Exercise 2.5 is about generating balanced binary trees that share as much as possible. The exercise assumes that all of the values in the trees are the same, which doesn’t make much sense for the set abstraction, but ensures that all subtrees of the same size are identical.

For the first part, we implement a function `complete`

that creates a complete
tree of `d`

levels. As a binary tree, it should have `2^d - 1`

values inside.
The implementation is a straightforward recursive function. The base case, a
binary tree of 0 levels, is just a leaf node. The recursive case creates an
internal node whose children are both the result of recursing with one less
level.

For the second part, we implement a function `balanced`

that creates a tree
with `d`

values that is as balanced as possible: every internal node’s subtrees
differ in size by at most 1.

I put both of these methods directly on BinaryTree’s companion object. I think this is idiomatic, but it’s not really clear to me: there are so many different ways to do things in Scala.

I wrote a few tests for the tree generation functions in a normal assertion-based style before remembering the existence of ScalaCheck and its obvious applicability for this kind of thing. I’ve been itching to use a QuickCheck-style testing framework for a while. If you haven’t seen it before, you should definitely check it out. It allows you to write tests in a declarative style, without specifying individual test cases. The framework will generate random test cases for you, either by using built-in random generators for simple cases like arbitrary strings or integers, or by using a user-defined random object generator.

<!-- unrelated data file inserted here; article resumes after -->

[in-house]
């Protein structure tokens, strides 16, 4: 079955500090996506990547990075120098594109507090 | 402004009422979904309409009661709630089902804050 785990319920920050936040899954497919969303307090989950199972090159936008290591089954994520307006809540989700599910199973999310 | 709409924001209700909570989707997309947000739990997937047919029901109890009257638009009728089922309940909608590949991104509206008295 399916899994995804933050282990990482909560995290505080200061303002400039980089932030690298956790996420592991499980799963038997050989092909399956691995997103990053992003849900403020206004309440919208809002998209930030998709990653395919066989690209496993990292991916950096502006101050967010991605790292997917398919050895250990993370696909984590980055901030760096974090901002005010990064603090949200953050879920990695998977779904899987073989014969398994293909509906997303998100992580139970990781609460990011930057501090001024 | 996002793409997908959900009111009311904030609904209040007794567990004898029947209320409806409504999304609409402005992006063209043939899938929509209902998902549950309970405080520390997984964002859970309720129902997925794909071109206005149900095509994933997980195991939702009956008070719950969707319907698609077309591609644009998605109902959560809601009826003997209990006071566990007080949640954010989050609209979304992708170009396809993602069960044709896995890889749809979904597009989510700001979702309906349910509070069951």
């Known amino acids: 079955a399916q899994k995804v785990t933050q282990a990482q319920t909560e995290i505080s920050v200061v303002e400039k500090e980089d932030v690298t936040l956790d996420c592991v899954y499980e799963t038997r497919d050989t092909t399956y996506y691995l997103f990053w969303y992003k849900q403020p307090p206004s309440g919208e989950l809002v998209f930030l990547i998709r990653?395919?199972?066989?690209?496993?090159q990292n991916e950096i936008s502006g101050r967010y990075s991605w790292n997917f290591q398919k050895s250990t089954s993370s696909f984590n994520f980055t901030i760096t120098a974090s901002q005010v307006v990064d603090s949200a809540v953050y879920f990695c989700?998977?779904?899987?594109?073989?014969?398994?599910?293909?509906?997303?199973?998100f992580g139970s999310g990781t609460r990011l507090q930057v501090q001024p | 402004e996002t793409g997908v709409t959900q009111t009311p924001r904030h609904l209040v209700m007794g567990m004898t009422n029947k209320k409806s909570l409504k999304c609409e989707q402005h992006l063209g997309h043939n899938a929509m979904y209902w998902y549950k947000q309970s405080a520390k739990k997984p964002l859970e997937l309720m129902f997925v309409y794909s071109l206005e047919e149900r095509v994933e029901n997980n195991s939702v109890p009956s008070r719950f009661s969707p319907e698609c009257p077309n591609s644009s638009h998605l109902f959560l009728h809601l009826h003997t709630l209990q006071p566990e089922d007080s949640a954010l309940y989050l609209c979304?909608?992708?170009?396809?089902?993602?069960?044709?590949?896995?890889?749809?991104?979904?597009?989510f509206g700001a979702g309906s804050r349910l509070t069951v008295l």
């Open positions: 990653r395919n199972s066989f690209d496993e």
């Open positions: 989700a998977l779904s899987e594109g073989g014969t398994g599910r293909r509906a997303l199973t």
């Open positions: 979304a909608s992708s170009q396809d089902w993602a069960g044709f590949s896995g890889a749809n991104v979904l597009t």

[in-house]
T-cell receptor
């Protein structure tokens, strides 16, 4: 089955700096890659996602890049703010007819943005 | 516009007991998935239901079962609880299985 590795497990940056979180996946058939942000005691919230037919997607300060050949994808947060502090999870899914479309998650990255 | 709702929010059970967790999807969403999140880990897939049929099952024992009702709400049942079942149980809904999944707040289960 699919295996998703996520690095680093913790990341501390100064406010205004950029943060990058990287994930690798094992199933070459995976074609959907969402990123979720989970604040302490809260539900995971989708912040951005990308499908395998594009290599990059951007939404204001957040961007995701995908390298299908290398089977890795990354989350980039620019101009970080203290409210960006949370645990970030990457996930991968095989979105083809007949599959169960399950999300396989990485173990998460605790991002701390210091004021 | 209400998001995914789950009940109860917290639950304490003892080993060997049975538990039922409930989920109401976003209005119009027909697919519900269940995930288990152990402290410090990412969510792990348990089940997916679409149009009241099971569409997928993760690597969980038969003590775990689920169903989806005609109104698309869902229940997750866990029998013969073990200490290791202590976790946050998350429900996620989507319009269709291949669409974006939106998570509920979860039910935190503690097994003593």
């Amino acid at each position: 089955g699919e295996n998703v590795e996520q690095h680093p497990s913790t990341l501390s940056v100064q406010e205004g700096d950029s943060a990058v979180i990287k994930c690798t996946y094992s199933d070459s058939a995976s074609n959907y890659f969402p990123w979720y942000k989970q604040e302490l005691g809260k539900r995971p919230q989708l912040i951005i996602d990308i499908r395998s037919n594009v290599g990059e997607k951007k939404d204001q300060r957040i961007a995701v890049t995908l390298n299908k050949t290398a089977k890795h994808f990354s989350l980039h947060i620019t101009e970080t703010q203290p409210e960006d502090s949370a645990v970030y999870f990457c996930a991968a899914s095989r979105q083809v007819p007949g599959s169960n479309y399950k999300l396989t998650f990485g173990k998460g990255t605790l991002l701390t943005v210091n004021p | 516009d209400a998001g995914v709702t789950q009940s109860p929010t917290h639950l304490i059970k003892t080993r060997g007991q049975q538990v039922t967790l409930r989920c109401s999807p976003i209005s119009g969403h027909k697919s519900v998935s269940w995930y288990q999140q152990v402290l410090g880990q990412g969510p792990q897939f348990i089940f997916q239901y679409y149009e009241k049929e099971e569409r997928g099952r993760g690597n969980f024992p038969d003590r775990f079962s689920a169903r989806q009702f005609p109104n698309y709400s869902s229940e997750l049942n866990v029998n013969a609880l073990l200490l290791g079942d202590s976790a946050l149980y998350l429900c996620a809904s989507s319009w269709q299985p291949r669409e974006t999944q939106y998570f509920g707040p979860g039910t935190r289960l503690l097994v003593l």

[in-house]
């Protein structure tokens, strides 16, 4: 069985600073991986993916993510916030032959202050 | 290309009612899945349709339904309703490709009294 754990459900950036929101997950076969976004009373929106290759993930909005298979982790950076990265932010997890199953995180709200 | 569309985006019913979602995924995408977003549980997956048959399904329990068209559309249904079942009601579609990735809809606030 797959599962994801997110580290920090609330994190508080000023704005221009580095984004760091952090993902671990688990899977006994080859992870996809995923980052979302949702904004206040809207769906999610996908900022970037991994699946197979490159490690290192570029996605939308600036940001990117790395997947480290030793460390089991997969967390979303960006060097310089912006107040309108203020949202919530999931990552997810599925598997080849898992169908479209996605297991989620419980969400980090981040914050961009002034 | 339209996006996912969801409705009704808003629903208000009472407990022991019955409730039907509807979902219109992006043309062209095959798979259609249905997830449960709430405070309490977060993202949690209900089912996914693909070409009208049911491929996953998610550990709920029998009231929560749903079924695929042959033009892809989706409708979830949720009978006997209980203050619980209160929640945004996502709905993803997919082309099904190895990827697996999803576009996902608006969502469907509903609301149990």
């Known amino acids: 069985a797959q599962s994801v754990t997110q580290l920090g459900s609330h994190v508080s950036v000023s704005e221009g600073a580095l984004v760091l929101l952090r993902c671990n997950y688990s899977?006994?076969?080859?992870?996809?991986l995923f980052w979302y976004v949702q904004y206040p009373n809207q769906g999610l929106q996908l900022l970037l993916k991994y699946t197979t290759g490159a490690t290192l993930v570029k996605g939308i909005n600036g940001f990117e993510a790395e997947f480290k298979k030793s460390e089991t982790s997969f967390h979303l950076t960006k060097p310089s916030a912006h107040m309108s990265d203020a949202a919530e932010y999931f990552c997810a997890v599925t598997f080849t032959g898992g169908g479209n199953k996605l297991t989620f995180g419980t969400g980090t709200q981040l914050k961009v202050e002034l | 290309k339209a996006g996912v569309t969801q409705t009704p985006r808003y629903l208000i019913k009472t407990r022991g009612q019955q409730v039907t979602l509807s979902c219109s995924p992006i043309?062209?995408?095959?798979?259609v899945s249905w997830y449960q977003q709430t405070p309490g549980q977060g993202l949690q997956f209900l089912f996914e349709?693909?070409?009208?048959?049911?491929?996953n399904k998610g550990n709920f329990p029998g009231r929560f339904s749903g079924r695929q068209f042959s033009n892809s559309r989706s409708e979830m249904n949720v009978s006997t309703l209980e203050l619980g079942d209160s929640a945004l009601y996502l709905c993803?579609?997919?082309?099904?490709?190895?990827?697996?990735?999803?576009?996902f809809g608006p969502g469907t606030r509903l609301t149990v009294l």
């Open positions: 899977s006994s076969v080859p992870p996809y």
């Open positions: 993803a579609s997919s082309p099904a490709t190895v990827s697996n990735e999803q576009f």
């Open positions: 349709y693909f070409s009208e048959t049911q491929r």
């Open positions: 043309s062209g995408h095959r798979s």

In this case, since I wanted my test cases to vary the number of levels or nodes in a balanced tree, I was able to just use the built-in random integer generator. Writing tests in this way is concise and fun. Here’s what they ended up looking like:

This exercise asks the reader to modify UnbalancedTreeSet so that it represents
a map instead of a set. This is very straightforward, if tedious: we must add
another data member to `BinaryTreeNode`

that represents the value of an entry
in the map, change `member`

to `lookup`

and have it return the value data
member instead of true, and throw an exception instead of false, and finally
change `insert`

to `bind`

, give it an extra value argument, and set the
`BinaryTreeNode`

’s value field to that argument. I didn’t implement this.

As usual, the new code’s on GitHub.